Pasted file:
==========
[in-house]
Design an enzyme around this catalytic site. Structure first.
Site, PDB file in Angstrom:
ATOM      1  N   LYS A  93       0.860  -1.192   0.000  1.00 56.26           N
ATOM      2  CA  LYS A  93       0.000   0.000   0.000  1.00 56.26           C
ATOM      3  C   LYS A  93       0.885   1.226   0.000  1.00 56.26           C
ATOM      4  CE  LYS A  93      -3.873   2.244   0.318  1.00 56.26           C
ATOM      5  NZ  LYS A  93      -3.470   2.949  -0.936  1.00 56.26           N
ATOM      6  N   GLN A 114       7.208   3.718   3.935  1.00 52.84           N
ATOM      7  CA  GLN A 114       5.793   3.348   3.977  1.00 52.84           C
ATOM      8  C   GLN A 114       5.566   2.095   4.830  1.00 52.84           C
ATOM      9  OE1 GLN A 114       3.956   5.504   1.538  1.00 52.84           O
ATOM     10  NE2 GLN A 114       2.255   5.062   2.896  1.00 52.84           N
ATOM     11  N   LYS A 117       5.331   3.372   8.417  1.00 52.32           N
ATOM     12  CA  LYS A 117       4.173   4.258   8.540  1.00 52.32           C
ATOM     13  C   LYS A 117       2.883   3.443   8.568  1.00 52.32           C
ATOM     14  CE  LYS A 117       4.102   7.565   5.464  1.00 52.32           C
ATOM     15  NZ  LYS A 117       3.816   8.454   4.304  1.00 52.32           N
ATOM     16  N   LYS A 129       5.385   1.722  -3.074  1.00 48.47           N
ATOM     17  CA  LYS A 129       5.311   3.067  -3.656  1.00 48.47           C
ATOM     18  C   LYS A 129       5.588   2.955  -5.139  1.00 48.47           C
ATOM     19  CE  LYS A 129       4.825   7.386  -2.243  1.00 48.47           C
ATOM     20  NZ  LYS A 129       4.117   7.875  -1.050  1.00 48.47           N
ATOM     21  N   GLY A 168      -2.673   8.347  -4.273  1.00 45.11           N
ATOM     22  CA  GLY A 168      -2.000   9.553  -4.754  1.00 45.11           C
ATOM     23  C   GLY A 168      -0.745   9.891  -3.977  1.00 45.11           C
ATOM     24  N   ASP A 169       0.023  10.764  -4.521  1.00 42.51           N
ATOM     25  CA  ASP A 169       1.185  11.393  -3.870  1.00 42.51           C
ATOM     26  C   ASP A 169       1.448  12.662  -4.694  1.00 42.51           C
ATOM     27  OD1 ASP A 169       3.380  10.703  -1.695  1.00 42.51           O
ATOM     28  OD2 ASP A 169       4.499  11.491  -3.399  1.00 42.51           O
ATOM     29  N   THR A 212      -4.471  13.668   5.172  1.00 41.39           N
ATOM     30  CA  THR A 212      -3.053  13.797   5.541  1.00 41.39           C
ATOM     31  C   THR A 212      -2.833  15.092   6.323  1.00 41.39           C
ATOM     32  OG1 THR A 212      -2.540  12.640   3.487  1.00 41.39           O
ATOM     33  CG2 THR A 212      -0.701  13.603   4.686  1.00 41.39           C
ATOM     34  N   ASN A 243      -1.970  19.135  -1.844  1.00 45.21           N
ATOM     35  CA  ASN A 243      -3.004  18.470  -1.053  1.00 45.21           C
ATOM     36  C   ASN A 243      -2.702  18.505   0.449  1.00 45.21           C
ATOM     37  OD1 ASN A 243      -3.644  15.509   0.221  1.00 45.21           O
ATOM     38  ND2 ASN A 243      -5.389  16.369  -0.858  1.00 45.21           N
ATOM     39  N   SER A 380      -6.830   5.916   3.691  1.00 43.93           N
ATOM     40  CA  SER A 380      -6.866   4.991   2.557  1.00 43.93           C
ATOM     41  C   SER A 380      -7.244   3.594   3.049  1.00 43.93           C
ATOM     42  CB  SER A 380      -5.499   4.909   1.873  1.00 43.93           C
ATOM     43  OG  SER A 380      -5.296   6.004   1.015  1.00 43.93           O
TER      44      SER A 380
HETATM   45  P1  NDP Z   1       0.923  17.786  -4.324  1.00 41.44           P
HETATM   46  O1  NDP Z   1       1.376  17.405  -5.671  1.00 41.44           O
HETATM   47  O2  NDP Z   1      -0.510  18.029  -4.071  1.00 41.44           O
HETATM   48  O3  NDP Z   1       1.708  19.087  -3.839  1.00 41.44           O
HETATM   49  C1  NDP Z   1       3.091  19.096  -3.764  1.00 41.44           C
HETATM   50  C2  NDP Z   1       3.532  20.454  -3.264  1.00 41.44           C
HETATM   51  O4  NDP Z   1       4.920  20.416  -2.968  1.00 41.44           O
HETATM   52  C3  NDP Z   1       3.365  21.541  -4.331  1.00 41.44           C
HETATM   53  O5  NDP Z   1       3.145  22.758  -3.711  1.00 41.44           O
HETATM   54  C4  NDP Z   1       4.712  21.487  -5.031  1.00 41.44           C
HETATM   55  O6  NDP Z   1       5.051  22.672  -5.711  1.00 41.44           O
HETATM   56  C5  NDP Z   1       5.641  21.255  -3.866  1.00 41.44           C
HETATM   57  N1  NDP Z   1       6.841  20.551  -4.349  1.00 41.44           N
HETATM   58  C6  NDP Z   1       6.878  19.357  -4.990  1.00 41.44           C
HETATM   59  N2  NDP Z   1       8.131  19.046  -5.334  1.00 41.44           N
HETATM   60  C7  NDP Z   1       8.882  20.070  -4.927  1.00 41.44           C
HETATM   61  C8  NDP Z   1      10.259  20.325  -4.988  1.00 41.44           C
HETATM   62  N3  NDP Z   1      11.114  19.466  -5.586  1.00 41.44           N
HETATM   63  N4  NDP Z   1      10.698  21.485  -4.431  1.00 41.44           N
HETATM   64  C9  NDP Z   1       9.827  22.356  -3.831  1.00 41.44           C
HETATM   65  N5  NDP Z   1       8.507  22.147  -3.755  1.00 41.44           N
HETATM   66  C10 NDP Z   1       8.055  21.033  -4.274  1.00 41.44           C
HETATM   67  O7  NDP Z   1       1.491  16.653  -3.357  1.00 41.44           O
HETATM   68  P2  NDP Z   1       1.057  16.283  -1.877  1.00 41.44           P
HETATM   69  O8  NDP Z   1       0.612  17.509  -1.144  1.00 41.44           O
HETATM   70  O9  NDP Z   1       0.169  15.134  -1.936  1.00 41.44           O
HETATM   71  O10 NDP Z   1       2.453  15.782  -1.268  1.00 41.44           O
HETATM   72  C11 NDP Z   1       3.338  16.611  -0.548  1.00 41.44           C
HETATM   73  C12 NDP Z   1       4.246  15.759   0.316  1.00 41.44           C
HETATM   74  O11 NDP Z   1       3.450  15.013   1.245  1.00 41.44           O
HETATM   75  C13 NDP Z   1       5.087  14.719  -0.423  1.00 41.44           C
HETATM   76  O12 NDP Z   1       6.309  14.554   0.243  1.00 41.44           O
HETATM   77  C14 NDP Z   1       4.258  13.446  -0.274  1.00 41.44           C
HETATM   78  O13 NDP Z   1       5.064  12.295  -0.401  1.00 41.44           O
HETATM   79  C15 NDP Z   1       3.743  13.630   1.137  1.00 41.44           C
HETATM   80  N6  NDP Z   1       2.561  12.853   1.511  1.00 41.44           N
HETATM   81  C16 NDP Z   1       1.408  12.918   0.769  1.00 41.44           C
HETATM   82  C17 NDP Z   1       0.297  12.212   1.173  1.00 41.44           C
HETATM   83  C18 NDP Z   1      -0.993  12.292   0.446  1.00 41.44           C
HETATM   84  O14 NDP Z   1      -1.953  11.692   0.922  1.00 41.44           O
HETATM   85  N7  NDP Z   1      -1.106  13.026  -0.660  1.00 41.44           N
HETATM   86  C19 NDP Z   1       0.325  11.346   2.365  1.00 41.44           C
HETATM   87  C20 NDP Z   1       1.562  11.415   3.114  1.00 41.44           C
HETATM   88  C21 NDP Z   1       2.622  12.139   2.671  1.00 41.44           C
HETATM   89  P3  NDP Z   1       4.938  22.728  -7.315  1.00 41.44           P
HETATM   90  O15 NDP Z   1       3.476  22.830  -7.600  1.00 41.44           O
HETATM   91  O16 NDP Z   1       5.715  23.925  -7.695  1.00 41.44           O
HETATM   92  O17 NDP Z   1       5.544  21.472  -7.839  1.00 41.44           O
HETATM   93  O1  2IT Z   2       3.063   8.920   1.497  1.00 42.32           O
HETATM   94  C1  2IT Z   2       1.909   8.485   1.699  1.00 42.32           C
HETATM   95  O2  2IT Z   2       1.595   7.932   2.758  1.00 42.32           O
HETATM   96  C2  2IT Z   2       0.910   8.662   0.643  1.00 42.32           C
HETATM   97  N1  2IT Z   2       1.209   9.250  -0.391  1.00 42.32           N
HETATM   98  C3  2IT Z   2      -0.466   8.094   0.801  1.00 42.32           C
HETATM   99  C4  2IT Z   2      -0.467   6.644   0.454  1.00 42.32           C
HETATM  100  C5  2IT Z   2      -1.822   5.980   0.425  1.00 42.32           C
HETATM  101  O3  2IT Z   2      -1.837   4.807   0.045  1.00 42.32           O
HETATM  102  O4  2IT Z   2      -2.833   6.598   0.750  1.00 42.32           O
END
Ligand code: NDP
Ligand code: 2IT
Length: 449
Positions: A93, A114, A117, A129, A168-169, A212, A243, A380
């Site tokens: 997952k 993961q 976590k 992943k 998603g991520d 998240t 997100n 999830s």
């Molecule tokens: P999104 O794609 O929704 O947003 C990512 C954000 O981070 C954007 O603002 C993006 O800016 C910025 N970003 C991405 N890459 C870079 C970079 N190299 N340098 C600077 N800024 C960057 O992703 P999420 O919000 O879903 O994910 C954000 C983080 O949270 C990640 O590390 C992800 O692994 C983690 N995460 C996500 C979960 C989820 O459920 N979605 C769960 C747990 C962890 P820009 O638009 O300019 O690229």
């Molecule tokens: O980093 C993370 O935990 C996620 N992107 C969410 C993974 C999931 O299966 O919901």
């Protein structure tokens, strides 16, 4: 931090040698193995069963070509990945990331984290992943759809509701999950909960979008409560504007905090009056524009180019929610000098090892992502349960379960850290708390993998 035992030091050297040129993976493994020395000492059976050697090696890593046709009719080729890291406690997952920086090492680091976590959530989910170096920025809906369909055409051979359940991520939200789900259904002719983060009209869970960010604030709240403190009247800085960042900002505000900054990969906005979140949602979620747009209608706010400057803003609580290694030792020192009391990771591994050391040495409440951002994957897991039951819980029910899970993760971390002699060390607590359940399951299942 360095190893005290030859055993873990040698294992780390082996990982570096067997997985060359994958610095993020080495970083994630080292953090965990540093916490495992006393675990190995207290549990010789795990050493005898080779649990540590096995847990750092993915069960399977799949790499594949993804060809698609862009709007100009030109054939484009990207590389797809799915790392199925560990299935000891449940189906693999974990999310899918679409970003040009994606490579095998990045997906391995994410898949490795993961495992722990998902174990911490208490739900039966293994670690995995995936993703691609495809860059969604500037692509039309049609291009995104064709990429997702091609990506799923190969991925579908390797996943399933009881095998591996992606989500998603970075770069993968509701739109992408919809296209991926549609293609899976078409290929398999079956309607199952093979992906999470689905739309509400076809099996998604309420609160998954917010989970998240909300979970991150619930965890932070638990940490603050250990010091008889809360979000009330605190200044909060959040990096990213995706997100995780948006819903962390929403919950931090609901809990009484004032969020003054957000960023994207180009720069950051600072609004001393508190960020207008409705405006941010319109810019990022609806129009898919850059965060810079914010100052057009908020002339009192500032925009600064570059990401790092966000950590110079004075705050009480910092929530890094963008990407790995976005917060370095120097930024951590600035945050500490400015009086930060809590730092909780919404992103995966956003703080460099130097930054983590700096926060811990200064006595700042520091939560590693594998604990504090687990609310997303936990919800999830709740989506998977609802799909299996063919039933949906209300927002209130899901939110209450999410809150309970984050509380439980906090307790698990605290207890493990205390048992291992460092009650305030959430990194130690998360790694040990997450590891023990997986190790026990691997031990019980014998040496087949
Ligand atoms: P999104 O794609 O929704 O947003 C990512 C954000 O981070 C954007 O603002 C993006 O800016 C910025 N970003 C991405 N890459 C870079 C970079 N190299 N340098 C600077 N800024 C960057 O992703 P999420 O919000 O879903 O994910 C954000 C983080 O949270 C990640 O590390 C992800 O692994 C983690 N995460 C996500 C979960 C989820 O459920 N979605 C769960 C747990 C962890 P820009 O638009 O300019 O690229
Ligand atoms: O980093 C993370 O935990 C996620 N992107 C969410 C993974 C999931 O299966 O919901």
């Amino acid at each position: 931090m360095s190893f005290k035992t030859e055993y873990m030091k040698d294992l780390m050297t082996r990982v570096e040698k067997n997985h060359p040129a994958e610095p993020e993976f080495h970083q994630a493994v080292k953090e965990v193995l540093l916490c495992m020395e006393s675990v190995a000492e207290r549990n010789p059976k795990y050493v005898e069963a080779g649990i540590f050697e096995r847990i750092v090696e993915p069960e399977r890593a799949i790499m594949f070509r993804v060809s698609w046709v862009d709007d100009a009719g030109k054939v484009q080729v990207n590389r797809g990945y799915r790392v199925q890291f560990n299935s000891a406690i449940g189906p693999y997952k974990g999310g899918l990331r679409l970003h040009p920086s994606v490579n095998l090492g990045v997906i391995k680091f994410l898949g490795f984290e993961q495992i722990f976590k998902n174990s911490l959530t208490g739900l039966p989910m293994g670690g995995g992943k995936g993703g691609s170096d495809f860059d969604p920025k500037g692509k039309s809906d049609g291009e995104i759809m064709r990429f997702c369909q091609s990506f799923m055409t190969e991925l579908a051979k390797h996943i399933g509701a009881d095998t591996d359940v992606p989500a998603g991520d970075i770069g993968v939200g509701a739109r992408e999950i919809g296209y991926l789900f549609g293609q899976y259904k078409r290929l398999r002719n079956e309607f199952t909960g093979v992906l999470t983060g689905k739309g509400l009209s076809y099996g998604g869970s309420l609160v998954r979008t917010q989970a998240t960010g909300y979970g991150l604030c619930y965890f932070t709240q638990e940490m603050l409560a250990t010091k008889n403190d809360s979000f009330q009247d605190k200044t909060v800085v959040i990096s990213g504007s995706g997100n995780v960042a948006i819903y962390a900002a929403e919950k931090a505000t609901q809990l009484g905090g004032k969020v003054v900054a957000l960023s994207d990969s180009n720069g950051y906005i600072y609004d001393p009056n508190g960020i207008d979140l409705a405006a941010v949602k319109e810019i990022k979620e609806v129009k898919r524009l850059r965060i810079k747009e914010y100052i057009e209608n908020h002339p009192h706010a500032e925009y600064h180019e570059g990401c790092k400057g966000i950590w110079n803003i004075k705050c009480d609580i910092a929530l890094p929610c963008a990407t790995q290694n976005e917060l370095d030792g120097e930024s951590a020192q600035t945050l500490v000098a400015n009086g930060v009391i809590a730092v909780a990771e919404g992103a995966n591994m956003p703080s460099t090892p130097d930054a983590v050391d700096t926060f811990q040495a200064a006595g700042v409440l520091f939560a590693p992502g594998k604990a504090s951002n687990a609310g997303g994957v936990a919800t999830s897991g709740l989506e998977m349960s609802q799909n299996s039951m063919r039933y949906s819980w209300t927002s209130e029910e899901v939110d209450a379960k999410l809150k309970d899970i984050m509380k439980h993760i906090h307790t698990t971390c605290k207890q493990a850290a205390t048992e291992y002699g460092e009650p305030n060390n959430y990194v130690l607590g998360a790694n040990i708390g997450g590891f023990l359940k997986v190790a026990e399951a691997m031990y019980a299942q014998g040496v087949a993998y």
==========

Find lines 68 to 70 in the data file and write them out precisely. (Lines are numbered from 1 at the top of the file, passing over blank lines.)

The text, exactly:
HETATM   65  N5  NDP Z   1       8.507  22.147  -3.755  1.00 41.44           N
HETATM   66  C10 NDP Z   1       8.055  21.033  -4.274  1.00 41.44           C
HETATM   67  O7  NDP Z   1       1.491  16.653  -3.357  1.00 41.44           O